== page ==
Teenagers drinking.

When Parents Drink, Kids Do Too

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Did you ever wonder about the relationship between parents using alcohol and other substances, and the use of these substances by their children? Logic says that they ought to be connected, but what does research say? Teenagers drinking.

In the mid 1990’s, research was conducted on substance use in Christian high schools. Students were asked if they had ever used drugs of several varieties. The questionnaire also asked whether they had a parent who used alcohol, tobacco or marijuana.

The results showed that when at least one parent used alcohol, tobacco or marijuana, the students were two to three times more likely to use all substances (including alcohol, tobacco, marijuana, cocaine and other hard drugs). What’s more, when the parents used a substance the students were also more likely to engage in sexual behaviors as adolescents.

This research went on to compare the use of substances by those attending this Christian schools to students who attended public schools. The findings revealed that students from the Christian schools were two to three times less likely to use all substances compared to those attending public schools.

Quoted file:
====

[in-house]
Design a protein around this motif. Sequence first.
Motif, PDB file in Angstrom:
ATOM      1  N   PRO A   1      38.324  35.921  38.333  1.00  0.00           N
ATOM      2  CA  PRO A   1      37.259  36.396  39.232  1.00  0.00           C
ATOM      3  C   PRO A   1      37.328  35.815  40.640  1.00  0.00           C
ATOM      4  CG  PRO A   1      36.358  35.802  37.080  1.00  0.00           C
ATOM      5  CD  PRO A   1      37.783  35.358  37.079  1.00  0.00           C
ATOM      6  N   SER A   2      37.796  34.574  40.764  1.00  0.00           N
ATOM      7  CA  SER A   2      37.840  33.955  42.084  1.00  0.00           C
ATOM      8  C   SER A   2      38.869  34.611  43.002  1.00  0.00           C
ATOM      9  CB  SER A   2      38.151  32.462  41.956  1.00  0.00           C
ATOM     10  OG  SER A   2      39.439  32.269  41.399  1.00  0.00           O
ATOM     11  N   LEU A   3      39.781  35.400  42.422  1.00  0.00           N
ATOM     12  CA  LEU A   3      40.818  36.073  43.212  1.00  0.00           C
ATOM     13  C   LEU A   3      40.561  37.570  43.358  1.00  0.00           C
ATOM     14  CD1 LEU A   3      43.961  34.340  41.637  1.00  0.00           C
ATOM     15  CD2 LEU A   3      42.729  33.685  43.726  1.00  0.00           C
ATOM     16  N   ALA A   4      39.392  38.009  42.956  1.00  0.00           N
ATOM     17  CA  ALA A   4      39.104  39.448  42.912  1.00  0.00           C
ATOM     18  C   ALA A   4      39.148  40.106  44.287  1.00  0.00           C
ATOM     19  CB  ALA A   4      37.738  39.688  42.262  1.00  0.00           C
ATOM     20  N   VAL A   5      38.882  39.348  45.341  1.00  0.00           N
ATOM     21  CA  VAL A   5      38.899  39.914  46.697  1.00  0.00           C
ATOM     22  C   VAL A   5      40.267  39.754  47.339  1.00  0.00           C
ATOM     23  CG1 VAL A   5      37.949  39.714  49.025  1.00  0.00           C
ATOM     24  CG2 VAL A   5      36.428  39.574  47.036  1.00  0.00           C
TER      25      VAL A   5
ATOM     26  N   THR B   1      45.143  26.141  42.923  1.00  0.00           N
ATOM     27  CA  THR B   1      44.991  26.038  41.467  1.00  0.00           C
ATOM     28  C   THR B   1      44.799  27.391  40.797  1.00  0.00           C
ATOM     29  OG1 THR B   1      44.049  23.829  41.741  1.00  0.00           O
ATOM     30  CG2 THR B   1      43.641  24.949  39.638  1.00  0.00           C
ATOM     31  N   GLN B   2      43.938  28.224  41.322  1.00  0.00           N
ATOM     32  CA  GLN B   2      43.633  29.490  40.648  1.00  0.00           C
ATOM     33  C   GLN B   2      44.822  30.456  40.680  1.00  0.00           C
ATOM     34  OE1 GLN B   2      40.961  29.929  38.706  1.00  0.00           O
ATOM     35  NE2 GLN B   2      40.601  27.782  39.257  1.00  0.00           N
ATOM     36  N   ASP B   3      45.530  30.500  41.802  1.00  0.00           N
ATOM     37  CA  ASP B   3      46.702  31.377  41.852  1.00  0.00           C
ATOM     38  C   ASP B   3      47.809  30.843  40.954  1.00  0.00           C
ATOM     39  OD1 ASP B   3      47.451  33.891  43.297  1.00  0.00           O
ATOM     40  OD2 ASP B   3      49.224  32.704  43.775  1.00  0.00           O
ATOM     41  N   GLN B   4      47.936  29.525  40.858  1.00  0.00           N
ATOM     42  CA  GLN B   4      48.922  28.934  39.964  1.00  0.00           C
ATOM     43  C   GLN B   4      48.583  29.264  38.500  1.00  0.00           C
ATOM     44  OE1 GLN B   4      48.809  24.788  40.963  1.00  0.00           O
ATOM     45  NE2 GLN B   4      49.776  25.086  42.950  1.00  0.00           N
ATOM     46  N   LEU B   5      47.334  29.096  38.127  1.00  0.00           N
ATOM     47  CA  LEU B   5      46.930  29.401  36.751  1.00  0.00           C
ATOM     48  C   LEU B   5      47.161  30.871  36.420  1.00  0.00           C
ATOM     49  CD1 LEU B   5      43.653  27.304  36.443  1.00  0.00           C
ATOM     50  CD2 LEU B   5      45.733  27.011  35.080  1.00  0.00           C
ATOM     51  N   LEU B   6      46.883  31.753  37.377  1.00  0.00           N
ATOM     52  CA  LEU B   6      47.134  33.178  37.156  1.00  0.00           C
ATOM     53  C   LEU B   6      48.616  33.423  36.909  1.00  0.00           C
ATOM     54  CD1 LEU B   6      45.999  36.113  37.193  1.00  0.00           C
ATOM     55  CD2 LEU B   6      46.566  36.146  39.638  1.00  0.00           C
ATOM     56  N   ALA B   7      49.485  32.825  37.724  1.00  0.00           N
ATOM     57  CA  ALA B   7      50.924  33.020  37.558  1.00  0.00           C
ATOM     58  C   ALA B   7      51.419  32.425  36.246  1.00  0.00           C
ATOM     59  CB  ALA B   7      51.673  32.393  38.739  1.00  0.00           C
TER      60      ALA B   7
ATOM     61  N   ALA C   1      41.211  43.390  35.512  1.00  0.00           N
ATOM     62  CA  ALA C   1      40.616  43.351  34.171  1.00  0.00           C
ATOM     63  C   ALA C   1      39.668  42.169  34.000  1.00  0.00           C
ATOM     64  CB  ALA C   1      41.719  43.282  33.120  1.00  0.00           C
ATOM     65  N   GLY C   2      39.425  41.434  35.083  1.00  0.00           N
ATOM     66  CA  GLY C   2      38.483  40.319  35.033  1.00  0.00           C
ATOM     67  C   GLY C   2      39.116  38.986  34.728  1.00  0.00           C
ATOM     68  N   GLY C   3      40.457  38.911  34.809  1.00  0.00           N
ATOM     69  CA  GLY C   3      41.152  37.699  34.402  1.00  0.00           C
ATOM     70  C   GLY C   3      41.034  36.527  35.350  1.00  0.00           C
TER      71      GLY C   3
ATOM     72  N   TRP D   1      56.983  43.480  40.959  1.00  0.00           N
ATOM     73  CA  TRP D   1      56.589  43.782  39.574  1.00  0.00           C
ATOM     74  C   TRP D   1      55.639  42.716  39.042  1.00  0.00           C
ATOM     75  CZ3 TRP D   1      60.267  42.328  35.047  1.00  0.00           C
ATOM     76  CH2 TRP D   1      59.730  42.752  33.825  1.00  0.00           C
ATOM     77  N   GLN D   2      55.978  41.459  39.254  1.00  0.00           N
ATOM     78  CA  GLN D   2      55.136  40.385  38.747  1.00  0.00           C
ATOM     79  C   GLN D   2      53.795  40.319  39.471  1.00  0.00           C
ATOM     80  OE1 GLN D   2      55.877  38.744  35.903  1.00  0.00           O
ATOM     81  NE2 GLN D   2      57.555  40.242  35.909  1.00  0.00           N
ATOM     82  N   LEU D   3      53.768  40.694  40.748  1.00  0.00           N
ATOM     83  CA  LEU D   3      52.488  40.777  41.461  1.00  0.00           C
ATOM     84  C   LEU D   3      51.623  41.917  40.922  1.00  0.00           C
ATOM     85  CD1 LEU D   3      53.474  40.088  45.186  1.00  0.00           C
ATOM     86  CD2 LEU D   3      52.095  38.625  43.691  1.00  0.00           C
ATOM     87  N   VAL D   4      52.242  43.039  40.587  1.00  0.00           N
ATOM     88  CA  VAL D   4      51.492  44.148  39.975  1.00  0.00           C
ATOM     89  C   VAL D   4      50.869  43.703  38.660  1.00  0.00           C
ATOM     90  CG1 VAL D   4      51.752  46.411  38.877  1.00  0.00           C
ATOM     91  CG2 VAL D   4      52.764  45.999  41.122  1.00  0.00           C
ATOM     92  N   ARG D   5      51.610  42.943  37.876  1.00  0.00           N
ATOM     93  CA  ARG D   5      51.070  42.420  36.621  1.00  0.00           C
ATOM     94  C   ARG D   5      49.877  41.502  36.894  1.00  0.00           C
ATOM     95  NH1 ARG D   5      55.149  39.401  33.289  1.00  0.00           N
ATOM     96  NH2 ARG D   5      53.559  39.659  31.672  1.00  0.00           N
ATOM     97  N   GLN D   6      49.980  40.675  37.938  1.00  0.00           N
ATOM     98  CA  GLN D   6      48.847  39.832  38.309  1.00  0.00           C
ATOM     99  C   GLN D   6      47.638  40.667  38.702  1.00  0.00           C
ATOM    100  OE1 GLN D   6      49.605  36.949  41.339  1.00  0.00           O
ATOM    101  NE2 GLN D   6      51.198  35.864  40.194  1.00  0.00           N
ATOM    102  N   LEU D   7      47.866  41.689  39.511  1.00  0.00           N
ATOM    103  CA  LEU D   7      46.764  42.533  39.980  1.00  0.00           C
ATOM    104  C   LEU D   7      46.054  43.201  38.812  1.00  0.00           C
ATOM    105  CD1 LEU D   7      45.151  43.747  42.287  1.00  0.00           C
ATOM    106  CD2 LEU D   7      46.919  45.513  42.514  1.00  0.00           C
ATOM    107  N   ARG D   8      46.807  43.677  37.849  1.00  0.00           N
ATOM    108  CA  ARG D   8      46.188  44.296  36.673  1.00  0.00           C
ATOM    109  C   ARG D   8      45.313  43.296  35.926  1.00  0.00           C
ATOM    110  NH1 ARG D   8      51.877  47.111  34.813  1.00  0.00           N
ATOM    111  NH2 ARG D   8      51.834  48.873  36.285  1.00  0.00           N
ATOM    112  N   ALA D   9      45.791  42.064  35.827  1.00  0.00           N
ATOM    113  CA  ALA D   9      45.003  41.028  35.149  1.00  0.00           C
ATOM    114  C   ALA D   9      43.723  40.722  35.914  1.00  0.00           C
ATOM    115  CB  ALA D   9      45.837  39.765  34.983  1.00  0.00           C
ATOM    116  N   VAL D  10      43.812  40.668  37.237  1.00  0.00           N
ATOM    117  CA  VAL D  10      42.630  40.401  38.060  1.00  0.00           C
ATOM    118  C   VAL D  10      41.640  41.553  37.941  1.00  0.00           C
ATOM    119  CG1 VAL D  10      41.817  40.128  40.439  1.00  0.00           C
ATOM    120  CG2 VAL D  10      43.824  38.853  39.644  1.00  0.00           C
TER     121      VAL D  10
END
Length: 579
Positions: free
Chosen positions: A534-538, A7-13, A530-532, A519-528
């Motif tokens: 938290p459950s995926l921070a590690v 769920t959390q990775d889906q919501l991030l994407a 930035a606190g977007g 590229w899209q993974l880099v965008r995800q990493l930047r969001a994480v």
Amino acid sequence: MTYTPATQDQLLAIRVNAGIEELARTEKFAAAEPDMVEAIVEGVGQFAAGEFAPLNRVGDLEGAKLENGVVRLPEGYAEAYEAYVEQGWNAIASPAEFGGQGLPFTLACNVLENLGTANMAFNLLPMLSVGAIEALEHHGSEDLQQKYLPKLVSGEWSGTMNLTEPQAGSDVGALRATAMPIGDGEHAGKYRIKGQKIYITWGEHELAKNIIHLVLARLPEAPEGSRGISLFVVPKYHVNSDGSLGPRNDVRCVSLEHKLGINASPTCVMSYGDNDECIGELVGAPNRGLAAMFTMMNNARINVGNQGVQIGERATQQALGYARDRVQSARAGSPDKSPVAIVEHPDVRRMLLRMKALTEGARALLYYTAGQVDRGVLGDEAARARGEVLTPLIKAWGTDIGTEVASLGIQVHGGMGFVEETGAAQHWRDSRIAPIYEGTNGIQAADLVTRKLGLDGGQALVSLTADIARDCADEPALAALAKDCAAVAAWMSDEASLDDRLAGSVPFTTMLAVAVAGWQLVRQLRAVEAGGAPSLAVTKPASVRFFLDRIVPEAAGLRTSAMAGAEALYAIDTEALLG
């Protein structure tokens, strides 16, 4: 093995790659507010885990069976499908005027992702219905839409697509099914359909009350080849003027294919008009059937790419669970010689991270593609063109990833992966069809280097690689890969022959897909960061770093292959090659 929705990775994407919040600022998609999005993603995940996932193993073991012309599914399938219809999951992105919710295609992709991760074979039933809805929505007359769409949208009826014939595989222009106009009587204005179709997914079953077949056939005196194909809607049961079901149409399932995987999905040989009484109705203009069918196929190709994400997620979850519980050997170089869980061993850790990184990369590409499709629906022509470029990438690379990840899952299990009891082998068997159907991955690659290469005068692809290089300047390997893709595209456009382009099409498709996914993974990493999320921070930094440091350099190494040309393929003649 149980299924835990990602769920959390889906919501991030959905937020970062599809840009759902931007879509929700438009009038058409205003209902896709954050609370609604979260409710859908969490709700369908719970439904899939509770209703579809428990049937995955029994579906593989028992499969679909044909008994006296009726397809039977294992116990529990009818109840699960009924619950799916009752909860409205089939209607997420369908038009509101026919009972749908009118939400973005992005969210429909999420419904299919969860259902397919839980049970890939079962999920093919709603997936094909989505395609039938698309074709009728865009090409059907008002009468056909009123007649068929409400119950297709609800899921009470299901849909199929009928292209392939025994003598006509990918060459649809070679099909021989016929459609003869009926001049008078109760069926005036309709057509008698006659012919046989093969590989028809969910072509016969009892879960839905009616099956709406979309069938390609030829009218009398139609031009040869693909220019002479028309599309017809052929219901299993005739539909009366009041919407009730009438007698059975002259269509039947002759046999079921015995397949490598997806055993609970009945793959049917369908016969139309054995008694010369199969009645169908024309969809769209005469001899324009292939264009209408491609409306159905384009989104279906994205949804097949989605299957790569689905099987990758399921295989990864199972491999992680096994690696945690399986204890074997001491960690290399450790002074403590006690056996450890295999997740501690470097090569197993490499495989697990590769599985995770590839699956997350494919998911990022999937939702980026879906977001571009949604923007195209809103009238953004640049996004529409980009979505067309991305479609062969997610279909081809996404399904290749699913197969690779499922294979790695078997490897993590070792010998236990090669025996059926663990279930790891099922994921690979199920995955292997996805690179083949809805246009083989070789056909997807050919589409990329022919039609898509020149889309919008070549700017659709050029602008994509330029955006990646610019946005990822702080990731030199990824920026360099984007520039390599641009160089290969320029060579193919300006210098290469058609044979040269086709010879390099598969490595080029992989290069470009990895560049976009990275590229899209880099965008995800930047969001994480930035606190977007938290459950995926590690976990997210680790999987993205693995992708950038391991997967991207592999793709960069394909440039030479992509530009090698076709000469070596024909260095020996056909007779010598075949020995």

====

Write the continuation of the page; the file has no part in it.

Parents beware: your behavior choices are reflected in your kids. When you engage in substance use your kids are at higher risk. Further, this study reported that enrolling kids in Christian schools decreases their risk of engaging in dangerous behaviors.

Author

Gary L. Hopkins, MD, DrPH, MPH is currently an associate research professor at Andrews University in Berrien Springs, Michigan where he is also associate director of the Institute for Prevention of Addictions, Director of the Center for Prevention Research and Director of the Center for Media Impact Research.